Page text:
A Walk in the Park by Dan Butler

By the afternoon of Passover‘s second day, my wife had served over 100 meals not including breakfast (meals are served between noon and 2:00 a.m., and consist of at least four courses and two desserts - anything else is breakfast). The last of our guests had staggered homeward and the pressure was off.
You’re probably thinking it was nap lime. No, she wanted to go for a walk. And as long as we’re walking. lets go to the park. And as long as we're going through the park, why don’t we visit the people in the hospital. And since we have so much left over from our holiday barbecue, I've packed up a few things that we can take with us. And that must be the two babysitters l arranged for. Right on time.
Are you starting to get some idea of what I‘m dealing with here? If the logistics of a Passover barbecue for 25 have somehow not fazed you, then you’ve probably never cleaned a gas grill for Passover (don’t try this at home kids, but if you must, three important rules: wear old clothes, avoid inhaling Dow oven cleaner, point the blow torch away from vital body parts).
So, on the first sunny spring day in a city that has only 55 sunny days a year, we were off on the 45-minute hospital walk.
I was carrying the barbecue chicken, the brownies, and the world's only Passover oatmeal raisin chocolate chip cookies. The extra 40 pounds made it hard to keep up, 'cause my wife set a pretty good pace. So I lurched along in a limping kind of half-run. l barely had the breath to point out that the university medical center has a kosher kitchen that provides all the holiday essentials, so why were we shlepping all this stuff? She stopped short, and fixed me with the laser-powered glare that had vaporized mounds of leaven during our pre-Passover frenzy. I immediately reconsidered my position. After all, it was such a logical glare.
It was actually a beautiful day. The birds, the buds, the tiny little beginning of leaves on the trees, the clear fresh air. “THIS BRIDGE IS CLOSED TO PEDESTRIANS AFTER MARCH 30TH.” The only other way to the world’s largest transplant center took an extra 20 minutes. I couldn't understand why my friend Dave, who had made the walk on the previous day, hadn't warned me about the bridge. My wife wanted to crawl under the barbed wire, but l had visions of arrest for trespassing and transporting Passover brownies with intent to deliver. l insisted we take the longer route. My wife, with some eye-rolling, humored me.
After all, our babysitters had a half-life of two hours (the analogy to radioactive exposure will not surprise anyone who‘s met our kids).
We concentrated on out-of-towners with no local family.
There were four names on her list. The first had just had his second kidney transplant in four years. At 43, he has been blind for 12 years. His wife, also blind, can read Braille. He can‘t though --diabetes has destroyed the essential nerves in his fingers. An actuary by profession, and Torah scholar by avocation, he spent the holiday without the tapes that are his usual reading substitute. Spent the time reviewing a prodigious memory that has enabled him to teach 47 bar-mitzvah kids their Torah portion since he became blind. Ecstatic about his new kidney, he expects to be out of the hospital 10 days after transplant. "It's a good kidney," he says. He jokes about seeing-eye dogs and blindness. We went to him first because we figured he‘d be a downer. He was an upper.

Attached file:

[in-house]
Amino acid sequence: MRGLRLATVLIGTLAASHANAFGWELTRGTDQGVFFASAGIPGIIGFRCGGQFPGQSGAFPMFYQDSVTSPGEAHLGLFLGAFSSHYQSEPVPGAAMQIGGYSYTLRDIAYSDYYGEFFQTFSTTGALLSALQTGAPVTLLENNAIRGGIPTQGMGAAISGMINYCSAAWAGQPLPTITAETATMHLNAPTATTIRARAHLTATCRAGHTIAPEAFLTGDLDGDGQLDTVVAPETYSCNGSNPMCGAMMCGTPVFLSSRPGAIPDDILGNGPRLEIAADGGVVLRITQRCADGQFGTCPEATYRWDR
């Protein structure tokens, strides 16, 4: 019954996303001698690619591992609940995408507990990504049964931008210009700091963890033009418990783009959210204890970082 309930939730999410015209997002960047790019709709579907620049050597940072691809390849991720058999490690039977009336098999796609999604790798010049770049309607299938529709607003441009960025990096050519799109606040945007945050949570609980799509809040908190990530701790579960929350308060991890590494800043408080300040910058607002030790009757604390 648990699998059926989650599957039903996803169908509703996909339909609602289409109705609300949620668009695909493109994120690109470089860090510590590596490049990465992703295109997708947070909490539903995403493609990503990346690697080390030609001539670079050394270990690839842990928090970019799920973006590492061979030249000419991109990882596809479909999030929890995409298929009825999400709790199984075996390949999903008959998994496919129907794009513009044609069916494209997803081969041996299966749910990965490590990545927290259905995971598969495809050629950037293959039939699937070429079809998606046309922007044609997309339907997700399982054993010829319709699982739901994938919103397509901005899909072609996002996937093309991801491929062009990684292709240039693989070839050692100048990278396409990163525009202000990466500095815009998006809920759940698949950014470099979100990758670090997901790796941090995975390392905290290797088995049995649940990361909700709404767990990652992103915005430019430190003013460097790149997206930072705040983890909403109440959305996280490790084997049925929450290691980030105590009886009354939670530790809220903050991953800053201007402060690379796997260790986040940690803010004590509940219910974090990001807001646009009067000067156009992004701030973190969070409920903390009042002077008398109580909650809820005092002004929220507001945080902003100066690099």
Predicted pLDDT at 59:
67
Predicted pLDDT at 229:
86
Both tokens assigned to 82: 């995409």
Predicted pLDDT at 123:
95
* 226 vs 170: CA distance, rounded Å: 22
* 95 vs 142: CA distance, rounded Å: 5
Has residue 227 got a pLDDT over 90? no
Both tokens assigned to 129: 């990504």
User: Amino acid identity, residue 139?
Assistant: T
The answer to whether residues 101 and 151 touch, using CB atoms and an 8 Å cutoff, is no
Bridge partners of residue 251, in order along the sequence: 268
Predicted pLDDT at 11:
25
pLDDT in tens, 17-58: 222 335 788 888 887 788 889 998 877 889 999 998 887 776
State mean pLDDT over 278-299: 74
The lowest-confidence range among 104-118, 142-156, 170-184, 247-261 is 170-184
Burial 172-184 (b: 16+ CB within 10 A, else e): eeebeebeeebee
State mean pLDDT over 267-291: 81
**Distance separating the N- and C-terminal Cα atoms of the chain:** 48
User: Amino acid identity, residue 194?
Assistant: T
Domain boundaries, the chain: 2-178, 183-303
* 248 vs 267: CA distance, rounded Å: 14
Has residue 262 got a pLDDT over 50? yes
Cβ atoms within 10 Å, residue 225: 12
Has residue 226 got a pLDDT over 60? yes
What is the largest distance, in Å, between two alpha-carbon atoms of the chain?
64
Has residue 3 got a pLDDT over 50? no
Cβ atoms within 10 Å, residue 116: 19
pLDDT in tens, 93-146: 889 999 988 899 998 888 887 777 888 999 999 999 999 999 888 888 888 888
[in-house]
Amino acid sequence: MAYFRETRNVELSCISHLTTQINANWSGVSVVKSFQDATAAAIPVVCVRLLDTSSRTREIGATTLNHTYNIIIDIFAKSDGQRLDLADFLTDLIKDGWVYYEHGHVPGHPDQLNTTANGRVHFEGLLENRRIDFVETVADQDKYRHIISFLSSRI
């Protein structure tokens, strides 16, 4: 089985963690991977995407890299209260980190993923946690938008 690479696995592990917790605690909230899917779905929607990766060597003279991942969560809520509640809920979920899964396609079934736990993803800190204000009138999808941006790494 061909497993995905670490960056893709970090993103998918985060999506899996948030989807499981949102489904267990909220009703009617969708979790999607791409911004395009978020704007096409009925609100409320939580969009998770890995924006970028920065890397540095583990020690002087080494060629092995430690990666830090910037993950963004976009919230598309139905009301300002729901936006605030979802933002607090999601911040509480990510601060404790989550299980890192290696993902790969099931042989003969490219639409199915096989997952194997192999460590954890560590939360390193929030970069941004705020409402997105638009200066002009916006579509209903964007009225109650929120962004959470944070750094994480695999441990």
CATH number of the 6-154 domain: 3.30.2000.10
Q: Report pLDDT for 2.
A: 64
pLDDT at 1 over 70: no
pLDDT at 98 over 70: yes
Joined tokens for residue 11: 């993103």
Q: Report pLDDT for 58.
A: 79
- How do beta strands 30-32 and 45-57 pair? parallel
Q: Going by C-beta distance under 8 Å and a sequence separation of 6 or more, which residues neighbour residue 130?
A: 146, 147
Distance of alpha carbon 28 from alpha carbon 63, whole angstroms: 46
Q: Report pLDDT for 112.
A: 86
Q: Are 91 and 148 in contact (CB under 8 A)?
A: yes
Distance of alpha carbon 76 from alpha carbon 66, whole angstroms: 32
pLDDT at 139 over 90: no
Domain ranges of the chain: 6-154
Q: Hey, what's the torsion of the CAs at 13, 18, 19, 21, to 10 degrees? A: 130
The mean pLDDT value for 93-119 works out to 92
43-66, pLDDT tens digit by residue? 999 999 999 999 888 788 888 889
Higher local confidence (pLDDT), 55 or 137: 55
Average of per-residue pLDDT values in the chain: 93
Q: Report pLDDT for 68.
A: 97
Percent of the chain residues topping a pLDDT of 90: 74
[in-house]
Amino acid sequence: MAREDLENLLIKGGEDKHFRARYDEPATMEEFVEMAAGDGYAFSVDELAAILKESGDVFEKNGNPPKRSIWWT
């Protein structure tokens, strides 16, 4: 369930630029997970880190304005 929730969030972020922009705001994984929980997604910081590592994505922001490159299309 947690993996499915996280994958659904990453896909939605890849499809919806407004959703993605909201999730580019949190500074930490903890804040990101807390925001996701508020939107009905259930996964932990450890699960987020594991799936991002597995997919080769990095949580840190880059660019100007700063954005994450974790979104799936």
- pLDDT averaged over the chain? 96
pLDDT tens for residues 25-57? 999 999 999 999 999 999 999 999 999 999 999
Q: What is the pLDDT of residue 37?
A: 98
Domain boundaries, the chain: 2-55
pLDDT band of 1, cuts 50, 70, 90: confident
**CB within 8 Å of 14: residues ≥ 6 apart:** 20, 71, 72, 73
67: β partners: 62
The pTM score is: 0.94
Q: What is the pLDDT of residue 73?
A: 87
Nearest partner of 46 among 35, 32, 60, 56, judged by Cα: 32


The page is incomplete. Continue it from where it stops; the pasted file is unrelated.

His strict diet prevented him from accepting any food. I smirked triumphantly. The glare flashed again.
Through the tunnel to Children's Hospital. Three little kids with liver transplants, fighting rejection and infection: from New Jersey -- an 11-year-old beautiful wisp of a girl -- number seven of her Orthodox family's 10 children. Her mother, with hair covered in the Orthodox fashion, had been mistaken for a nun earlier in the day by another parent on the floor. The kid perked up considerably when brownies came into view. From Staten Island - an eight-year-old girl whose sparkling eyes and dazzling smile contrast sharply with the yellowish skin that prompts almost daily liver biopsies to pinpoint the virus that‘s blocking her recovery.
Conservative Jews, she and her mother were strictly observing the holiday rules. They were thrilled with Passover oatmeal cookies.
From Tel Aviv - 12 year-old Sephardi back seven years alter his transplant. Bloated with the drugs that had suppressed rejection, but left him open to a serious infection. Somehow his father and he had managed to avoid learning any English in their visits to the U.S. We remembered the kid from seven years ago as "the screamer.” He's a lot quieter now. They were happy to hear even my broken Hebrew. And wild about barbecued chicken. My smirking days were over.
They had made a Seder together. The Orthodox mother of 10, the Conservative lady from New York, and the “secular” cab driver. They have only two things in common: sick children, and an old story, thousands of years old, about Moses and freedom and matzah and four cups of wine. And hope.
On the cutting edge of incredible medical technology, they sat as a little family, brought together by fate, talking about viruses and miracle drugs, and the splitting of the Red Sea.
We had to get back to our kids. After Havdalla, Dave called. "The bridge is closed," he said. "l found that out. It cost us 20 minutes. Why didn’t you warn me?"
"What's the big deal - all you had to do was go under the barbed wire. That‘s what we did.”
She had been right again.